This book merges the science of why learning over a lifetime can keep you nimble and happy with a first hand report of the author‘s adventures as a serial beginner.
Vanderbilt writes of his escapades in a conversational, dry, self-effacing manner that is laugh-out-loud funny. Behold sentences like – “I careened through this line with the control of a snake on ice and on the word ‘lucky,’ my voice trailed upward in a dying screech.”
He questions our tendency to pick up and stick with only things that we are good at or can excel at. Even in workouts, it seems like we’re all training hard for something but for what? What about dabbling for fun, for a new outlook and to enjoy the experience?
The book spans three of his endeavours – singing, surfing and drawing/ painting. Along the way, he crosses paths with individuals whose stories are revealing and moving. Singing, he learns, is a group activity that can bring people closer. A fellow singer in his Brit-Pop choir is going through a separation, another is undergoing treatment for cancer. Most would even second-guess moving cities for a good job if it meant leaving the choir behind. Learning, exploring and sharing that experience with others can be life-changing.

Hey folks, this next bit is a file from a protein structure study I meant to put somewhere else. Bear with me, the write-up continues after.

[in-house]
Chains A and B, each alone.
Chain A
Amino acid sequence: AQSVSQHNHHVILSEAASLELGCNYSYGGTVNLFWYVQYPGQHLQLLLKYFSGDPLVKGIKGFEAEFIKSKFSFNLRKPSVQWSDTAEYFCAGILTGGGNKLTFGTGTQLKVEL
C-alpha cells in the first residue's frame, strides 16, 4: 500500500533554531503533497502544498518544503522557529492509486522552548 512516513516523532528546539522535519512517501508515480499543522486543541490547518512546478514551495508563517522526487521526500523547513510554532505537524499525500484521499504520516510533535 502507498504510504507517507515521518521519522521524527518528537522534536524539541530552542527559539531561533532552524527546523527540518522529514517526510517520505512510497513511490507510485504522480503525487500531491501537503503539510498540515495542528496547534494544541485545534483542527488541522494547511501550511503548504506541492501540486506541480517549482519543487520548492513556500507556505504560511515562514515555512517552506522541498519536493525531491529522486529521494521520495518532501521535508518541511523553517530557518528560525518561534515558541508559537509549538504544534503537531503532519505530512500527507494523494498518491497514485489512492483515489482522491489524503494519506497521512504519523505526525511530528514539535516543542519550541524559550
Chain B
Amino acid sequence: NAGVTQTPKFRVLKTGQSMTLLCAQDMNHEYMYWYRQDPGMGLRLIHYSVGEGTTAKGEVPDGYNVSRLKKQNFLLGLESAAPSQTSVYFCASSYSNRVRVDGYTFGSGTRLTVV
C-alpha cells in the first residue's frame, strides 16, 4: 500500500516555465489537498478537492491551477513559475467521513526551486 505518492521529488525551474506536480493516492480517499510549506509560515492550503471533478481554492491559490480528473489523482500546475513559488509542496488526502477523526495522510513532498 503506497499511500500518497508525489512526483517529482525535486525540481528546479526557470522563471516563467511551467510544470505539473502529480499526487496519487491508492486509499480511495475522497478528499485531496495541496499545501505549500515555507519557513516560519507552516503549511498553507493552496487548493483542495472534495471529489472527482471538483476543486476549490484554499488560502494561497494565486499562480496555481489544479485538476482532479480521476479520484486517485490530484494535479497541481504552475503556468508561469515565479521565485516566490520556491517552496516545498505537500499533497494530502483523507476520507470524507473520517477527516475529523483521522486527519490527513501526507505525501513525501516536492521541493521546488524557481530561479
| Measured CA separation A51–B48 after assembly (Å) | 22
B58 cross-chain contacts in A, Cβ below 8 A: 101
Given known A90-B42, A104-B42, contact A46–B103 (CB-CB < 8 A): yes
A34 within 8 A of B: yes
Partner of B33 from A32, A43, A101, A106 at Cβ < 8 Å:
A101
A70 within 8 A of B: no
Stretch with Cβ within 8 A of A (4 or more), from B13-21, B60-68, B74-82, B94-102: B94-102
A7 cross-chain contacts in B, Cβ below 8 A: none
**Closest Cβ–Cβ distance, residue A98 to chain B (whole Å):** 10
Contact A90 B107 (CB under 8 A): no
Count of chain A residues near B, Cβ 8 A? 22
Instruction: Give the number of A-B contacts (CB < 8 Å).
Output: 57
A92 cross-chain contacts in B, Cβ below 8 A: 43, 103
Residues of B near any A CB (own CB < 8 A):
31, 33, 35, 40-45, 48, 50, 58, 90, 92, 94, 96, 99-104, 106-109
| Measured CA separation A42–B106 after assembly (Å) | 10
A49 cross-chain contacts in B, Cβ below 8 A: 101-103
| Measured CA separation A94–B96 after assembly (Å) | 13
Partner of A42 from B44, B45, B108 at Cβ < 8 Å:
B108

He dispels assumptions about what the adult brain is capable of and throws the doors open on your previously perceived self-limitations. You’re never too clumsy or too old or too un-talented to try something new. Your instructor can even be a decade younger than you but you oddly feel like the child, the novice in that situation. And as he comes to learn – passion is actually hard work plus commitment.
I recently heard a friend express the sentiment that he missed the freedom and safety of being in film school and the reason is perfectly summed up by Vanderbilt – “There is something about attending a class… that strange, liberating feeling where your only job is to learn something.”